I absolutely love this artwork and have no idea why something like this has never been done before. ‘Cellograff‘, as its referred to by its creators, is French in origin, but universal in its appeal. I love it. I think you might too.

3. Blackpool’s Dune Grass
What is it? Have you seen it? Never heard of it? Watch this…

Blackpool’s latest addition to their pleasure beach takes the shape of these rather quite enchanting blades of ‘dune grass’. Conceived and created by the geniuses at Freestate, these kinetic sculptures have been in the works for several years and it’s actually quite lovely to see them at last, living and breathing in the real world – where they belong.

Super regular readers may recognise them from an earlier video… say, back in 2009?

I’m saying nothing.

—-

4. Age-verified Following on Twitter
Earlier this week (or maybe the week before, I don’t remember), I was followed by the beer brand, Tsing Tao – Huzzah!

I quite like Tsing Tao and drink it fairly regularly, so a follow back was in order… but then, when I did, I got an auto direct message response.

Sidenote: auto direct messages suck. They’re spammy, impersonal and generally a one way ticket to an auto unfollow.

But this one was different, this one wasn’t asking me to subscribe to someone’s blog or to check out something else this new follower had done, no – this one asked me to confirm my age.

– I have not seen that before.

While this could be seen as merely a hoop-jumping exercise that alcohol brands go through to meet certain regulatory requirements (there’s no credit card details or anything that actually verifies a thing; I could be 17 and lie about my age), it does please me to know that these rules are actually being adhered to.

I’m not sure how long Twitter has made this feature available to brands, but I really like that it’s out there and I really like that Tsing Tao is doing things properly.

A cricket clap for for all of you.

5. (Fake) Injuries up your social status
This is old but apparently, back in 2009, it was fashionable in Beirut to sport your very own nose-job bandage. This trend was born out of the rise of the nose job in Lebanon and, given their expense, pretending to have had one implies that you have $1,000 to throw around on plastic surgery. Incredible.

Bonuses this week: as it’s that time of year, then it’s worth re-watching Monty Python’s Silly Olympics; More Olympics-based chatter from Herdmeister but this time focusing on what the event actually reveals about us, as human beings; and this map of the internet is awesome too.

 

Whatley out.

Five things on Friday #30

Things of note for the week ending July 27th, 2012

1. The Olympics!

London 2012 kicks off TODAY and it’s going to be AMAZING.

And, while I don’t actually have any tickets to see any events (yet), I am in London and determined to have an awesome time.

Reading any of the press around and about this fair city [and its inhabitants] over the past few weeks will reveal that there are (still) so many naysayers and I am extremely proud to say: I am not one of them.

The next four weeks will see some fantastic human sporting achievements and I am SO up for this. The talent on show will be incredible and, what’s more – whether you’re walking the street, cabbing across town or simply traversing the Underground – everywhere you can just feel London filling up and it’s brilliant.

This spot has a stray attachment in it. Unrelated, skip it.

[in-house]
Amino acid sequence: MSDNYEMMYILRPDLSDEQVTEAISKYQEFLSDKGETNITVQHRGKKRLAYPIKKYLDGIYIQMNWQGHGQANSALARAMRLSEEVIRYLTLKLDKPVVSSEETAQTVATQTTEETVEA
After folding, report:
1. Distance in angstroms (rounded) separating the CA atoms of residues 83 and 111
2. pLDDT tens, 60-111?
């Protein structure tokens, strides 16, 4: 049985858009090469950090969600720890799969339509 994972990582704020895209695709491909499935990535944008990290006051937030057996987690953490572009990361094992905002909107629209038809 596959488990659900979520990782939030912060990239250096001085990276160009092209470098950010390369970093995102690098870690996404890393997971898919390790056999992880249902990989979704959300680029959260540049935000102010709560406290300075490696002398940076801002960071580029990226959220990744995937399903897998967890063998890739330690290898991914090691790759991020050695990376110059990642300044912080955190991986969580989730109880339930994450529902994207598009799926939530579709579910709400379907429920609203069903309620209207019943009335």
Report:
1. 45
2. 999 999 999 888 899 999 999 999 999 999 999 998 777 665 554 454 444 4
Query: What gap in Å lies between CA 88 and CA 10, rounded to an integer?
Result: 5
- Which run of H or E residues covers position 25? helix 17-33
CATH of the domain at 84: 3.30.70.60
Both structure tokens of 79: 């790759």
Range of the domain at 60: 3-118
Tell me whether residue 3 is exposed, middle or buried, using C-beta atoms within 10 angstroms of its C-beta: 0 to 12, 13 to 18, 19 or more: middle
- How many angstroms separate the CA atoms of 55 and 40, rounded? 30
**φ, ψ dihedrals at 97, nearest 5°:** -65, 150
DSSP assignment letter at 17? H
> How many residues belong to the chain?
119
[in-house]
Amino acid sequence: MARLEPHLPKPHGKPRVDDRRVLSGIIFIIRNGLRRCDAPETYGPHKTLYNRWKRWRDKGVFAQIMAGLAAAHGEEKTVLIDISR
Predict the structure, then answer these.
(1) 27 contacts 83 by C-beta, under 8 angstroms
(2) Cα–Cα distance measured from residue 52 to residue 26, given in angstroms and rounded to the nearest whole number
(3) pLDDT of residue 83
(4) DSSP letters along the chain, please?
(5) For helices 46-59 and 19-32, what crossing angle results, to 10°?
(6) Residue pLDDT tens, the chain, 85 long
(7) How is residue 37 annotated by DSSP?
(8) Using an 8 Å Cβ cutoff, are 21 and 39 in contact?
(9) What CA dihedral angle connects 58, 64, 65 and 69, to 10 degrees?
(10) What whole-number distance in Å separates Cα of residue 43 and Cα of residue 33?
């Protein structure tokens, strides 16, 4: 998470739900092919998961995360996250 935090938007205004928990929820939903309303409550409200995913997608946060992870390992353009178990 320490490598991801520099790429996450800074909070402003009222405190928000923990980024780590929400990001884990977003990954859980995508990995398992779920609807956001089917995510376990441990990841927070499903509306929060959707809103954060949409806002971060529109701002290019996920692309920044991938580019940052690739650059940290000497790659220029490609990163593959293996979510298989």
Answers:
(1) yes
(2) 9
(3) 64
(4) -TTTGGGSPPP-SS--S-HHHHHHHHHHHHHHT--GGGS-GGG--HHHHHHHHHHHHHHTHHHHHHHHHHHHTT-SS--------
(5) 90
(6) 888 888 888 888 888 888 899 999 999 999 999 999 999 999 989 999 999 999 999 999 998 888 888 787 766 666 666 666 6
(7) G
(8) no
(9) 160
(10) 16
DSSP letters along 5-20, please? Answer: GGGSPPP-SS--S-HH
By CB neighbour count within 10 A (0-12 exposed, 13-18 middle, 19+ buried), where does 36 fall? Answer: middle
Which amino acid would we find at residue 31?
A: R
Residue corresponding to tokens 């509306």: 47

I am so in love with London right now…

Yes there’s a lot of people around and yes it’s going to be difficult, but the buzz and the excitement and the sheer joy of it all far, far outweighs all of that.

So here’s to the Olympic Games 2012: best of luck to all competitors, from all countries.

And best of luck to London, you’re looking great right now and you’ve got so much to shout about.

Buckle up and, of course: Bring. It. On.

——-

2. Lego Relativity

Background (plus more photos) and of course, the original work. Nicely done.

——–

3. Decent Cinema Advertising (at last)
Thanks to advances in digital technology advertisers can now schedule against films by the day, as opposed to by the week. What this means is more relevant content, being served up to the right amount of eyeballs.

Why this might not be that exciting for some, there are some brands that are rubbing their hands with glee over the amount of freedom and creative opportunities that’ll come with this ‘upgrade’. I for one, as a paying cinema-goer, welcome the change and look forward to better cinema advertising.

Because right now, most of it sucks.

– source, Marketing Week

——

4. Google Ripples
I upgraded my Google Nexus S to the latest version of Android – aka ‘Jellybean – recently and that, combined with the newly refreshed G+ app for iPad, has made me start getting into Google+ properly.

It’s still fairly quiet (in my circles of friends at least) but it’s growing. My G+ profile is where you can find me (and is also linked at the top right of this page) and, from now on, all future blog posts will have a ‘G+1’ button at the end – so if you like it, you can ‘plus one’ it. Damn they need some new nomenclature…

Anyway, all of that aside one of the coolest things about Google+ is the way that you can track the way content travels around using Google ‘Ripples’. This past week, to test it out, I put up an old photo from my trip to Wyoming and encouraged folk to share it to see what ripples we could create.

The output so far looks a little bit like this –

Data visualisation rocks. If you’re interested in helping with this experiment then please publicly re-share the Google+ post and, once that’s done, you’ll show up in the Ripples too!

———

5. The view from the International Space Station
…is breath-taking. Hit ‘HD’, then play full-screen. This will blow you away.

via

———

Have a great weekend folks,

Whatley out.